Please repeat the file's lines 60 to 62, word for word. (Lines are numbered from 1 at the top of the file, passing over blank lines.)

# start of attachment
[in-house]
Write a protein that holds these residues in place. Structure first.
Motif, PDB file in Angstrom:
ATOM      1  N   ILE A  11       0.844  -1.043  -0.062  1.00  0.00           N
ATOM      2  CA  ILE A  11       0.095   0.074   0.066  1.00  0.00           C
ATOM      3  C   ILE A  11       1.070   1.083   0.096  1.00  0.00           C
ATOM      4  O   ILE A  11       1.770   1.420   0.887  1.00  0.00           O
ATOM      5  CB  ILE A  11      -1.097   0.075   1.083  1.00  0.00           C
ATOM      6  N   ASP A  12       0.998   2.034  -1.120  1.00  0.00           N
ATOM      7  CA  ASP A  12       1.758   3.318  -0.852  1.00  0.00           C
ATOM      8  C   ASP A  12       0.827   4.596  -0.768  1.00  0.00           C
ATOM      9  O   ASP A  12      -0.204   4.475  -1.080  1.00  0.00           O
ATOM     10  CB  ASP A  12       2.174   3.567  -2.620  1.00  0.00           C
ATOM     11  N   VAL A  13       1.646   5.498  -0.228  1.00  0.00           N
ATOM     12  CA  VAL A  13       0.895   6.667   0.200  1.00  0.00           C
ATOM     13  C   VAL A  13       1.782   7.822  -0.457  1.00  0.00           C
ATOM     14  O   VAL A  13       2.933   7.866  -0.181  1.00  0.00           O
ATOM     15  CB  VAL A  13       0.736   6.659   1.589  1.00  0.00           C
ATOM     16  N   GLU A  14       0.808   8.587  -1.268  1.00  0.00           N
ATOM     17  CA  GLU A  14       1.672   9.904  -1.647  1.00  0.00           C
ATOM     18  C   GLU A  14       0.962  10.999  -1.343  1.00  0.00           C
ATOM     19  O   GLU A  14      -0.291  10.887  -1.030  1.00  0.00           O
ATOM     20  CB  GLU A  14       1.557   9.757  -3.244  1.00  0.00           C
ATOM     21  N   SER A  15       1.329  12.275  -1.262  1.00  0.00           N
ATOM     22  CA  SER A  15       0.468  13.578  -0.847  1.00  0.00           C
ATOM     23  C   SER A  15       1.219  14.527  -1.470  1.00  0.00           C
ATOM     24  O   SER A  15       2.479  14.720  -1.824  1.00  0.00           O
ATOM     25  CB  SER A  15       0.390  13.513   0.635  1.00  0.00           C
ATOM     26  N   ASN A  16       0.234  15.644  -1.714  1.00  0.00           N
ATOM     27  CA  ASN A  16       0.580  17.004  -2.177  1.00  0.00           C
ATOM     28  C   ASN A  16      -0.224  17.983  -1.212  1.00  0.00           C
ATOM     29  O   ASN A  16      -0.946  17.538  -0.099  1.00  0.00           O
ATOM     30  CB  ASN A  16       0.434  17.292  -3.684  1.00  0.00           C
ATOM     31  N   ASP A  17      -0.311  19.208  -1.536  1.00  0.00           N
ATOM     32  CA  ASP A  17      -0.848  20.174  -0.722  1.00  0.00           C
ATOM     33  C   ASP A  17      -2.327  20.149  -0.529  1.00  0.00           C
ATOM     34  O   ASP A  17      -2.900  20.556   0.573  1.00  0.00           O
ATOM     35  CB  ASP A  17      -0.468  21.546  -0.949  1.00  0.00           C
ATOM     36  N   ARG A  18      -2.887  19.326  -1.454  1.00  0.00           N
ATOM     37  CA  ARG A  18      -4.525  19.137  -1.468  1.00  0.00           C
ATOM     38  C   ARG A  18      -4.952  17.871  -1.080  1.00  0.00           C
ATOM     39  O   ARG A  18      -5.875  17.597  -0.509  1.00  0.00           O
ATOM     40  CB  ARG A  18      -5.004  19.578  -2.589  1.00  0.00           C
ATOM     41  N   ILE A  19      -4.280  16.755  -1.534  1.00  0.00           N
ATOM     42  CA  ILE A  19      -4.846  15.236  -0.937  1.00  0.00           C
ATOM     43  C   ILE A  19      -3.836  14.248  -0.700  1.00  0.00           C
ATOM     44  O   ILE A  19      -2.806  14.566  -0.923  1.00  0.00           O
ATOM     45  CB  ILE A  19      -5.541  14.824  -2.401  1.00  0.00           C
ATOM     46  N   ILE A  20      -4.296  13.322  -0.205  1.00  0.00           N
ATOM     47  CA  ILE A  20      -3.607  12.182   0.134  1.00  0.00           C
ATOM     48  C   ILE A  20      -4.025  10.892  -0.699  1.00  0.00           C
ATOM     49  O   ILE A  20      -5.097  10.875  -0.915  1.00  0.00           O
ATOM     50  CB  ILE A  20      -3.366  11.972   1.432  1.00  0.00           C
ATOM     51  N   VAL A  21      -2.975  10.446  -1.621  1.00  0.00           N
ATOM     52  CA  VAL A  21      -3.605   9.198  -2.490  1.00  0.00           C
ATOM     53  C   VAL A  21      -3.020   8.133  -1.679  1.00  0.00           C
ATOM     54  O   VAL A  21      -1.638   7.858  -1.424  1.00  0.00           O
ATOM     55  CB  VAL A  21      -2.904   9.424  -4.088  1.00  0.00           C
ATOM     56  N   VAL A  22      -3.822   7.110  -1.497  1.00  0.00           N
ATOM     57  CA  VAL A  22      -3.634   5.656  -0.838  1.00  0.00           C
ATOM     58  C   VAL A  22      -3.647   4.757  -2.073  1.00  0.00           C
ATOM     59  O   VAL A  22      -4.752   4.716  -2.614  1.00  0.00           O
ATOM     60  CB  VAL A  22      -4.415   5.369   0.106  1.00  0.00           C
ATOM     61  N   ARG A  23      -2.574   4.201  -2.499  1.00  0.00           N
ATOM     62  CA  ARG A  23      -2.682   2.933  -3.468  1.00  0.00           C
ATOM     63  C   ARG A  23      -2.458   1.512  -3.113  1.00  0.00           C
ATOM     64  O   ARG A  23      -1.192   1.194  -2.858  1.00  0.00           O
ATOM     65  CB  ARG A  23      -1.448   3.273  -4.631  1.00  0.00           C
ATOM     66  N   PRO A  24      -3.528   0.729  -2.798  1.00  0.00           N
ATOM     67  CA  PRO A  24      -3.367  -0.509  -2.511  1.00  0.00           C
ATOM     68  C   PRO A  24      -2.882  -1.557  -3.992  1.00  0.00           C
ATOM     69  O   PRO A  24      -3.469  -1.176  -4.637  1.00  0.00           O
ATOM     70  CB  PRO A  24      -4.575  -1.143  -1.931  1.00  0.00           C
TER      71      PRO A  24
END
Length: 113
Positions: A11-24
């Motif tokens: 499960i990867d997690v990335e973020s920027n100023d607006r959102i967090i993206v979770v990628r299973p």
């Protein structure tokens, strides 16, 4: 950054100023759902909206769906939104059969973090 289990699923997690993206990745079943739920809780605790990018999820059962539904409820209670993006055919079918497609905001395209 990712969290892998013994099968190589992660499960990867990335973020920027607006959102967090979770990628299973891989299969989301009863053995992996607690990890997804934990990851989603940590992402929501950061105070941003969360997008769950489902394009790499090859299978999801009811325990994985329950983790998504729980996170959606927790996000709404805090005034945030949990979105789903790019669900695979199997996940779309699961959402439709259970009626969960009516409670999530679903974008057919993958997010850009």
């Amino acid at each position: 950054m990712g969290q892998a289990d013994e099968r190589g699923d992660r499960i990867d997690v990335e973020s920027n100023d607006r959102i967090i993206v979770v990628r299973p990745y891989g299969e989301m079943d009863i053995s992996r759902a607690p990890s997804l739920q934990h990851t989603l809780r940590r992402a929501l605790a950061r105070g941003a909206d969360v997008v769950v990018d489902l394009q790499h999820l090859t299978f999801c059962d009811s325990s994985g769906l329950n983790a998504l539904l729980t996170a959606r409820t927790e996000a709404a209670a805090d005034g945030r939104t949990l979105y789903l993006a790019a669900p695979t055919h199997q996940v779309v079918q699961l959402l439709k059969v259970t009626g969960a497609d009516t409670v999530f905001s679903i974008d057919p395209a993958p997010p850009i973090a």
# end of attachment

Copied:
ATOM     57  CA  VAL A  22      -3.634   5.656  -0.838  1.00  0.00           C
ATOM     58  C   VAL A  22      -3.647   4.757  -2.073  1.00  0.00           C
ATOM     59  O   VAL A  22      -4.752   4.716  -2.614  1.00  0.00           O